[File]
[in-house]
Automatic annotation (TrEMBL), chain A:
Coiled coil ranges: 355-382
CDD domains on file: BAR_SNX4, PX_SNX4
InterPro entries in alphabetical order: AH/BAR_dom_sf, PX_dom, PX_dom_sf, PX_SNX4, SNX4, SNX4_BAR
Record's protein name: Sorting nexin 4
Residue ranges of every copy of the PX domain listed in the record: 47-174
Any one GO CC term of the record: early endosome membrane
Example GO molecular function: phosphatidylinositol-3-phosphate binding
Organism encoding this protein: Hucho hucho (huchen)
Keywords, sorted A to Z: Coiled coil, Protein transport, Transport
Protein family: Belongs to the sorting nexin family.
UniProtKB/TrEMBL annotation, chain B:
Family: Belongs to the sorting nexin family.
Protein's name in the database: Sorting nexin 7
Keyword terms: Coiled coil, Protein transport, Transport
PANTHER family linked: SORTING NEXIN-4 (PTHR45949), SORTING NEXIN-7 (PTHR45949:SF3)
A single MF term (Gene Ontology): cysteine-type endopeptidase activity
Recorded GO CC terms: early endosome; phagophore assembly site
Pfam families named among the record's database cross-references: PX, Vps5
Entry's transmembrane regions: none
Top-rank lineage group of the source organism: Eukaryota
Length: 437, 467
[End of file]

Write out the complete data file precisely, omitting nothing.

[in-house]
Automatic annotation (TrEMBL), chain A:
Coiled coil ranges: 355-382
CDD domains on file: BAR_SNX4, PX_SNX4
InterPro entries in alphabetical order: AH/BAR_dom_sf, PX_dom, PX_dom_sf, PX_SNX4, SNX4, SNX4_BAR
Record's protein name: Sorting nexin 4
Residue ranges of every copy of the PX domain listed in the record: 47-174
Any one GO CC term of the record: early endosome membrane
Example GO molecular function: phosphatidylinositol-3-phosphate binding
Organism encoding this protein: Hucho hucho (huchen)
Keywords, sorted A to Z: Coiled coil, Protein transport, Transport
Protein family: Belongs to the sorting nexin family.
UniProtKB/TrEMBL annotation, chain B:
Family: Belongs to the sorting nexin family.
Protein's name in the database: Sorting nexin 7
Keyword terms: Coiled coil, Protein transport, Transport
PANTHER family linked: SORTING NEXIN-4 (PTHR45949), SORTING NEXIN-7 (PTHR45949:SF3)
A single MF term (Gene Ontology): cysteine-type endopeptidase activity
Recorded GO CC terms: early endosome; phagophore assembly site
Pfam families named among the record's database cross-references: PX, Vps5
Entry's transmembrane regions: none
Top-rank lineage group of the source organism: Eukaryota
Length: 437, 467